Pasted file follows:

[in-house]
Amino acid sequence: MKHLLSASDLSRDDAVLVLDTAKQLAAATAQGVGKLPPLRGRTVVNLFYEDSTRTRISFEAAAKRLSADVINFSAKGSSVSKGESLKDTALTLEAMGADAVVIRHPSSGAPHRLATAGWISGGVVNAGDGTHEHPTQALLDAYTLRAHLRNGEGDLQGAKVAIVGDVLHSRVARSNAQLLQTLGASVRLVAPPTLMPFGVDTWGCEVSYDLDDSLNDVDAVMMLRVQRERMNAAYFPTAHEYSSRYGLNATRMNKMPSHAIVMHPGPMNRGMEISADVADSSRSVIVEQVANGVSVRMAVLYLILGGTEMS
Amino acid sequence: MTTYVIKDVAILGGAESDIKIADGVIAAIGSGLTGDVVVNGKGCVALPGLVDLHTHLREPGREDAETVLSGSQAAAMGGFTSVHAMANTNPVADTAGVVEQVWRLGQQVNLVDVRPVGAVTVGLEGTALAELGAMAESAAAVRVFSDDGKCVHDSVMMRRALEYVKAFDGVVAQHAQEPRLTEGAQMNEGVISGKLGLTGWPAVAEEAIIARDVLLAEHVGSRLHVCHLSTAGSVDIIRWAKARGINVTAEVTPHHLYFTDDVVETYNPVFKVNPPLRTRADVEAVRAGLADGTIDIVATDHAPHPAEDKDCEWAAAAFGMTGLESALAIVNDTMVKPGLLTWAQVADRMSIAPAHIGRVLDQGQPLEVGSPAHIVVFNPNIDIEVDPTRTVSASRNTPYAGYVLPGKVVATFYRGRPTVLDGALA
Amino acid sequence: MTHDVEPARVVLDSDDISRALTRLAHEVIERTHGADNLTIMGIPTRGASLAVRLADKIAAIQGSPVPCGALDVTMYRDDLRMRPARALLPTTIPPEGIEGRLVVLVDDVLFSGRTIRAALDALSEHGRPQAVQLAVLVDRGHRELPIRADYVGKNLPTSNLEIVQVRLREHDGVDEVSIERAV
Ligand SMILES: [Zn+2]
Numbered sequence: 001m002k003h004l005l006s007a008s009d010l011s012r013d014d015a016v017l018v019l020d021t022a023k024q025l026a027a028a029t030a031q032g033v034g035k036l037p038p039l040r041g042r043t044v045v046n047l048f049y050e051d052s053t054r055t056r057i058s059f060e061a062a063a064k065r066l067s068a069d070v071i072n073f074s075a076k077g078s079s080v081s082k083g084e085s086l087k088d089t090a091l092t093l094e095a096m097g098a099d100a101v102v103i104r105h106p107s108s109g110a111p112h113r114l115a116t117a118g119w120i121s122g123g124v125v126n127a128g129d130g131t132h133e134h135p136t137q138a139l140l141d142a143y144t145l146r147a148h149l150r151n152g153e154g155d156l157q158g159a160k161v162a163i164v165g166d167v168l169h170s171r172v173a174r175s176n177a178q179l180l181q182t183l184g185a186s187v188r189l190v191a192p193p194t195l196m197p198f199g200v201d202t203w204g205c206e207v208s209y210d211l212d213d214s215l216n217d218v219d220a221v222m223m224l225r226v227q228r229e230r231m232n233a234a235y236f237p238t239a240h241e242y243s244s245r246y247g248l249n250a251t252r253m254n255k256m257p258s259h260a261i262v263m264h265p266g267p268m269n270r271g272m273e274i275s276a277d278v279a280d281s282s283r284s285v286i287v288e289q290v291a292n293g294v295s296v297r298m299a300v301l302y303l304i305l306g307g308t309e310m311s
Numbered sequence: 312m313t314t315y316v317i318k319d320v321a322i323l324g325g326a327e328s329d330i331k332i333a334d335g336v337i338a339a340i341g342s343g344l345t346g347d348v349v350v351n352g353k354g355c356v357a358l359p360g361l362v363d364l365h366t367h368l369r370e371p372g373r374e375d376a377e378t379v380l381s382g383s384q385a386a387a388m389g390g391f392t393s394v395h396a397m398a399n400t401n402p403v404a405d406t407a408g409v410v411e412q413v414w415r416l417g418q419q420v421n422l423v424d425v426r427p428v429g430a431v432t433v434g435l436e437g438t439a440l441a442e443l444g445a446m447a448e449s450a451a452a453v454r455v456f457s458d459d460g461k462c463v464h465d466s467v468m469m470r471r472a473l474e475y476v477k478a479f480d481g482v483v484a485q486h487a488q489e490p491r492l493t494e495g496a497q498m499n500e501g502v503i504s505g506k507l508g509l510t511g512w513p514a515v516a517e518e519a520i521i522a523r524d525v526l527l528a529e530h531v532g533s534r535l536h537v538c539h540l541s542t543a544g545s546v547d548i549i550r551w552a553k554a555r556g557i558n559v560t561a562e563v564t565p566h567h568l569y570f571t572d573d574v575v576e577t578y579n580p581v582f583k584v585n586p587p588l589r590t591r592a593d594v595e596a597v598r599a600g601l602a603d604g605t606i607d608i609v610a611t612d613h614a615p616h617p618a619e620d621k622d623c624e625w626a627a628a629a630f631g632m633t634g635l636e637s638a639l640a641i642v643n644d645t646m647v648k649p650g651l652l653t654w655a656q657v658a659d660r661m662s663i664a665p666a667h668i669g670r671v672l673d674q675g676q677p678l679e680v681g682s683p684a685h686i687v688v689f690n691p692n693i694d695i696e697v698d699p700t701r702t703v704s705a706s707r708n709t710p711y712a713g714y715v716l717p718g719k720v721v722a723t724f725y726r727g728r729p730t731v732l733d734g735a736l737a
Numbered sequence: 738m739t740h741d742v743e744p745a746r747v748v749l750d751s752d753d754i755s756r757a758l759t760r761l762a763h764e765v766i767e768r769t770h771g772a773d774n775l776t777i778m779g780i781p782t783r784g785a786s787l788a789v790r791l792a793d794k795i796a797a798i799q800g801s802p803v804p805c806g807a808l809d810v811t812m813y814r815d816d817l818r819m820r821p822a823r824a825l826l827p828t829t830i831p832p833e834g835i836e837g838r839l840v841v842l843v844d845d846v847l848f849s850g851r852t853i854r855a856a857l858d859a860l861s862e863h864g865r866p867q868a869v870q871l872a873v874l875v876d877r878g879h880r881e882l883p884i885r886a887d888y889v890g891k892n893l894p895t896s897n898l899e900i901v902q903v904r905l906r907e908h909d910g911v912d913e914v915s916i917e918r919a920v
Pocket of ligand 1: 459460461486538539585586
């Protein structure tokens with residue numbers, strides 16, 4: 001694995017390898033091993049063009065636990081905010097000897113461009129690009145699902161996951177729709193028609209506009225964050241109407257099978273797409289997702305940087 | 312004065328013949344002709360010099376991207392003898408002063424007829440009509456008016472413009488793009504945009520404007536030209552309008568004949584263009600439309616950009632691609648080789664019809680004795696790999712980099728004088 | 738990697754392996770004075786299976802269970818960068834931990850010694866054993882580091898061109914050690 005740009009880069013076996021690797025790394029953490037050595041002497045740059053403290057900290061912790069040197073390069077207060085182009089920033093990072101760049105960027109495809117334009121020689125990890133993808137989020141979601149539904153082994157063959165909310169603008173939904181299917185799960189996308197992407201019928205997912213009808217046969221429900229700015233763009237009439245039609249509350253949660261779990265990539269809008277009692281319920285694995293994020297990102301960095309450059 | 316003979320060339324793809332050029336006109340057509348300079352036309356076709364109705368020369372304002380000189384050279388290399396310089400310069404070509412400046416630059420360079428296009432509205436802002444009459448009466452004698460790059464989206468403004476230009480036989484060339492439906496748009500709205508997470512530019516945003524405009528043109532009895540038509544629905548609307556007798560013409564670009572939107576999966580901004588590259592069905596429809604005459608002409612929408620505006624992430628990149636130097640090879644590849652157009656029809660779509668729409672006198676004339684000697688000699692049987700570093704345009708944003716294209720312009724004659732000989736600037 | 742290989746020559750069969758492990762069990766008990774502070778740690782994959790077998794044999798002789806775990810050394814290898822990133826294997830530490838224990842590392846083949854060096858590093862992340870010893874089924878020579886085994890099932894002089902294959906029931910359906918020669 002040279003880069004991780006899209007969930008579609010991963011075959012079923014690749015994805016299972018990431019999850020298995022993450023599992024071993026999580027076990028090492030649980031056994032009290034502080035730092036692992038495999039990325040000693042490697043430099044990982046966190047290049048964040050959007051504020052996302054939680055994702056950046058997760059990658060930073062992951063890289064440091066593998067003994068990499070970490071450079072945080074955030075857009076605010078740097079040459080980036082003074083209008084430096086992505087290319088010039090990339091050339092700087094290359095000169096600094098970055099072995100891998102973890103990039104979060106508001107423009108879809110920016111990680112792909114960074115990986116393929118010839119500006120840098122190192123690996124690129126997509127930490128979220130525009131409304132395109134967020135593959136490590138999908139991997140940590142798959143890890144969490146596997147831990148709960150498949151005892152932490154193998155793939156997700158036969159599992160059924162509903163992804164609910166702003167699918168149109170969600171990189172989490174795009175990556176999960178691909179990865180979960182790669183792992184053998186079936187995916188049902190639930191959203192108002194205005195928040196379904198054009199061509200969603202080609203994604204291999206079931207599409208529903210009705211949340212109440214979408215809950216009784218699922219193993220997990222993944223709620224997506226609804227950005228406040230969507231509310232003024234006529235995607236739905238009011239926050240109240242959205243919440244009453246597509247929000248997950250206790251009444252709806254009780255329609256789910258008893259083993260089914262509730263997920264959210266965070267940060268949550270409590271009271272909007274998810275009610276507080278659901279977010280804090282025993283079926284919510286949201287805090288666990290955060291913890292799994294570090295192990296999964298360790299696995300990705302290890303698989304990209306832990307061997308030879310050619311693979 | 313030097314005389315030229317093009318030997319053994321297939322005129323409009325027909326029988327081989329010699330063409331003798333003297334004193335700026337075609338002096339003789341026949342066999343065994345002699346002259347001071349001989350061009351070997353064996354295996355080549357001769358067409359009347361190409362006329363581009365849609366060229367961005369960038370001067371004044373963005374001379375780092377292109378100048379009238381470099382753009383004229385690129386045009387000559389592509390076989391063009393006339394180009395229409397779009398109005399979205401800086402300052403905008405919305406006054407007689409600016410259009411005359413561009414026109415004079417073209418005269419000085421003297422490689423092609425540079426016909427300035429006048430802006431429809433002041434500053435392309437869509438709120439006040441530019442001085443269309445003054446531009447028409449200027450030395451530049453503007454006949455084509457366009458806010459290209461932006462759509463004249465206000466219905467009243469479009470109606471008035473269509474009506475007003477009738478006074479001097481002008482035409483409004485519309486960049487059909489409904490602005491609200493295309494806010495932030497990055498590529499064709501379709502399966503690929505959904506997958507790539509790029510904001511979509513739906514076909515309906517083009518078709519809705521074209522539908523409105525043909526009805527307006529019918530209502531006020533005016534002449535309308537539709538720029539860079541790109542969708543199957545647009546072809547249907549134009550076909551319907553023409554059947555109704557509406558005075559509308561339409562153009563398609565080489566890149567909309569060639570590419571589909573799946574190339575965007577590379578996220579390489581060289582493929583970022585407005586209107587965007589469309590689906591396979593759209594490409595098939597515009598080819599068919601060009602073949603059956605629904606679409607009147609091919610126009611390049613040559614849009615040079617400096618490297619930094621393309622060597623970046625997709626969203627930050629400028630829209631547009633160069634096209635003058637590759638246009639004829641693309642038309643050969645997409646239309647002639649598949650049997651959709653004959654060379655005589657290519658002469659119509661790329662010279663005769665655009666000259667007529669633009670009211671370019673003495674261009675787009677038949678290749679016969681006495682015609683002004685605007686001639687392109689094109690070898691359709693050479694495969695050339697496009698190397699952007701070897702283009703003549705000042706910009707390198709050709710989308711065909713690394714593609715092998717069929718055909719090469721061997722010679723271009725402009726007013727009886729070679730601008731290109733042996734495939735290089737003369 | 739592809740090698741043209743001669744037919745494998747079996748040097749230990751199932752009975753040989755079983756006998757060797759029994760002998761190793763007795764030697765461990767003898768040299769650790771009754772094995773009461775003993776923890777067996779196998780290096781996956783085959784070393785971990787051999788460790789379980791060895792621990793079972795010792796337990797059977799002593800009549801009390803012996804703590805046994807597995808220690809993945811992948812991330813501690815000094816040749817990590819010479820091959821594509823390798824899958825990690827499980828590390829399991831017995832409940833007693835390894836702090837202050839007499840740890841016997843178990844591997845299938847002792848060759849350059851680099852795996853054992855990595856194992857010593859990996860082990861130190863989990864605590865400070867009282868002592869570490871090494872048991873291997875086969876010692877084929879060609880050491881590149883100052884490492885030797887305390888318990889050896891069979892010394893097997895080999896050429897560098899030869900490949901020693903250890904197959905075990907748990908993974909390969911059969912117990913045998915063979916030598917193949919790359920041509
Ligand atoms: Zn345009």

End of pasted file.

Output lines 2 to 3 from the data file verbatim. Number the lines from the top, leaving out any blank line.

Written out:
Amino acid sequence: MKHLLSASDLSRDDAVLVLDTAKQLAAATAQGVGKLPPLRGRTVVNLFYEDSTRTRISFEAAAKRLSADVINFSAKGSSVSKGESLKDTALTLEAMGADAVVIRHPSSGAPHRLATAGWISGGVVNAGDGTHEHPTQALLDAYTLRAHLRNGEGDLQGAKVAIVGDVLHSRVARSNAQLLQTLGASVRLVAPPTLMPFGVDTWGCEVSYDLDDSLNDVDAVMMLRVQRERMNAAYFPTAHEYSSRYGLNATRMNKMPSHAIVMHPGPMNRGMEISADVADSSRSVIVEQVANGVSVRMAVLYLILGGTEMS
Amino acid sequence: MTTYVIKDVAILGGAESDIKIADGVIAAIGSGLTGDVVVNGKGCVALPGLVDLHTHLREPGREDAETVLSGSQAAAMGGFTSVHAMANTNPVADTAGVVEQVWRLGQQVNLVDVRPVGAVTVGLEGTALAELGAMAESAAAVRVFSDDGKCVHDSVMMRRALEYVKAFDGVVAQHAQEPRLTEGAQMNEGVISGKLGLTGWPAVAEEAIIARDVLLAEHVGSRLHVCHLSTAGSVDIIRWAKARGINVTAEVTPHHLYFTDDVVETYNPVFKVNPPLRTRADVEAVRAGLADGTIDIVATDHAPHPAEDKDCEWAAAAFGMTGLESALAIVNDTMVKPGLLTWAQVADRMSIAPAHIGRVLDQGQPLEVGSPAHIVVFNPNIDIEVDPTRTVSASRNTPYAGYVLPGKVVATFYRGRPTVLDGALA